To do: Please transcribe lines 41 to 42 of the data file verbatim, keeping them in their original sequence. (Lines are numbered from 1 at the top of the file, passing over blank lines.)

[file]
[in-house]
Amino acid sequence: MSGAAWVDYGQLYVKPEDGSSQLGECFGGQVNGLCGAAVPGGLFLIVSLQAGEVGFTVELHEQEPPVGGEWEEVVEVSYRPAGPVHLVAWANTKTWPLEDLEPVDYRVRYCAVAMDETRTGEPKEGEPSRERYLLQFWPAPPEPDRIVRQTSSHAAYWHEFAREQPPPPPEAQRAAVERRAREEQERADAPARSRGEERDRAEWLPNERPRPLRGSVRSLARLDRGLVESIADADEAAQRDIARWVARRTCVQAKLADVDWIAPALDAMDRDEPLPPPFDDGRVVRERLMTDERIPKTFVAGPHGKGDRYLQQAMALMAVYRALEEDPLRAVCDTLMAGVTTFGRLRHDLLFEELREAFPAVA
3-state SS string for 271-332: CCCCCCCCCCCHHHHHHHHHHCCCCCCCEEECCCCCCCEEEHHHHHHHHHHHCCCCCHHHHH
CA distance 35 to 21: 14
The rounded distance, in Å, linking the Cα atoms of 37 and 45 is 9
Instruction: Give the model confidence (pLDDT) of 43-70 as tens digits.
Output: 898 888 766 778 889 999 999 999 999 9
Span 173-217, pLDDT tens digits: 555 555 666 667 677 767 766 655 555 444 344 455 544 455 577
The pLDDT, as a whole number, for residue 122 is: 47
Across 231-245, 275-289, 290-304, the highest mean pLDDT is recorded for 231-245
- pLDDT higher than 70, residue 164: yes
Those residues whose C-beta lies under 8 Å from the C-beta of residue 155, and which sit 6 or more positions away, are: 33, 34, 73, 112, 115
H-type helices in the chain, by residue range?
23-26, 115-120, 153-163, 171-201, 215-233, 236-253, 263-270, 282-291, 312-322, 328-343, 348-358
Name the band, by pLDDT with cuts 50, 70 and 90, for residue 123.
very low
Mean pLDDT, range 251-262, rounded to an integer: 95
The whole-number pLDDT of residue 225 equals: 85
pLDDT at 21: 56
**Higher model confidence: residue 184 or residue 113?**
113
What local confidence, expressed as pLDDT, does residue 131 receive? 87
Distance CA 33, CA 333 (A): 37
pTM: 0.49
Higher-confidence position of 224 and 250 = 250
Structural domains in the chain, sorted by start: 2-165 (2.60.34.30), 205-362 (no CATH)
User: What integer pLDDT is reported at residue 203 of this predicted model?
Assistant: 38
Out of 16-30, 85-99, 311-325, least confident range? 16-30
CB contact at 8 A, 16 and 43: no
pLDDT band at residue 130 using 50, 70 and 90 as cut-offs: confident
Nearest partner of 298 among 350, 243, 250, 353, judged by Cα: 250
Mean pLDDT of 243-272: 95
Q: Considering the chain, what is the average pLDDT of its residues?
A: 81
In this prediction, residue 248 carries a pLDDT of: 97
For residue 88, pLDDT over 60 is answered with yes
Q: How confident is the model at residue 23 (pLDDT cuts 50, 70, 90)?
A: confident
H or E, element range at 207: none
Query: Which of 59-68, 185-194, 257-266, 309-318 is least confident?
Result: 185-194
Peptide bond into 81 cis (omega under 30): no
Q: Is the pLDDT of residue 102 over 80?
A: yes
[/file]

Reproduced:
Query: Which of 59-68, 185-194, 257-266, 309-318 is least confident?
Result: 185-194